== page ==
As Thailand is counting down to the general election scheduled for this Sunday, 2 February 2014, the anti-government demonstrators continue to campaign for national reform before election, with their usual daily marches in a peaceful manner to different parts of Bangkok during the day.
During the evening, the anti-government demonstrators continue to stage their protests at six downtown intersections – Pathum Wan, Ratchaprasong, Silom (Lumphini Park), Lat Phrao, Asok, and the Victory Monument roundabout – and at the Government Complex on Chaeng Watthana Road, Phan Fa Bridge on Ratchadamnoen Avenue and Chamai Maruchet Bridge on Phitsanulok Road.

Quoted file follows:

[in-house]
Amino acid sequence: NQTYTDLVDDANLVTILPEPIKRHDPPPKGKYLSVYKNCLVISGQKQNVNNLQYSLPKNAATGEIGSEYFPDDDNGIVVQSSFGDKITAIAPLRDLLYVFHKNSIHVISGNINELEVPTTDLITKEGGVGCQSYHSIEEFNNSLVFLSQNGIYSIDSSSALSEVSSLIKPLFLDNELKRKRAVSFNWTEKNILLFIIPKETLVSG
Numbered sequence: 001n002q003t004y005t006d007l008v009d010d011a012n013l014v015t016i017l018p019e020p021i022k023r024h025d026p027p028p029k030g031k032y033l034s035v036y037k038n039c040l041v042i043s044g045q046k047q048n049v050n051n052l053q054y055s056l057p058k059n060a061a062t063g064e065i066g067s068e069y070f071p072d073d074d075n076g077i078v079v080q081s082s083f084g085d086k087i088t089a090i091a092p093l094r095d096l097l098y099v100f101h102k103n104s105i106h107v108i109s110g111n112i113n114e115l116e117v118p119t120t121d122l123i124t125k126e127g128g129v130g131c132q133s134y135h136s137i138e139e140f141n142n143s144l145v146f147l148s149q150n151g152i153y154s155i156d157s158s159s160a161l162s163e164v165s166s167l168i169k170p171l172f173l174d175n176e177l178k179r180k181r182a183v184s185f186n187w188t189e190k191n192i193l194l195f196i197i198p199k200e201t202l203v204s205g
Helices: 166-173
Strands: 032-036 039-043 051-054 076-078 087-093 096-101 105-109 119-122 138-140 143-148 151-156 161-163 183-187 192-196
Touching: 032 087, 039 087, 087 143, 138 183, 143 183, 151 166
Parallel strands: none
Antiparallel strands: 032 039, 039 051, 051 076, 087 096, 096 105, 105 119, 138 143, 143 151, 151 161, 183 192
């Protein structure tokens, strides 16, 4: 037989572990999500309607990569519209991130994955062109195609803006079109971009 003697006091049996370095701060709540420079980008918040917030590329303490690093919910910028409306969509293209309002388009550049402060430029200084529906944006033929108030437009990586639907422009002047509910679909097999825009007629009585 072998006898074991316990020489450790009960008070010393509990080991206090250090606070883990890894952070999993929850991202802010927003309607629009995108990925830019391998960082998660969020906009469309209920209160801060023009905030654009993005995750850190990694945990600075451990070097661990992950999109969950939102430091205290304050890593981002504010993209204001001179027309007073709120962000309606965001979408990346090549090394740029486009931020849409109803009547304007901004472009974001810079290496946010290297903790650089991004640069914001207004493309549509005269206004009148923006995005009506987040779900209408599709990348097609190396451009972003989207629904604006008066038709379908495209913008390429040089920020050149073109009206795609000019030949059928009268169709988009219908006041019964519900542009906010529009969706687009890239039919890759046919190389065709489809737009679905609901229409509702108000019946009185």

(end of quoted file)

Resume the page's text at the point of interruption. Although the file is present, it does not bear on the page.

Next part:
Bangkok and some parts of nearby provinces (Nonthaburi, Pathum Thani and Samut Prakan) remain under a state of emergency, which has been imposed to maintain peace and order, as well as to provide safety and security for the general public, foreign visitors, and the demonstrators. The 60-day emergency decree has been in place since 22 January 2014.
Regarding the general election on 2 February 2014, the Center for Maintaining Peace and Order (CMPO) has prepared to deploy police and military officers to provide security at the polling stations.
The People’s Democratic Reform Committee (PDRC) claimed that the election could be voided. CMPO argued that the Election Commission of Thailand had already confirmed that the election might be legally carried out and it was within the capacity of the courts to decide in the future.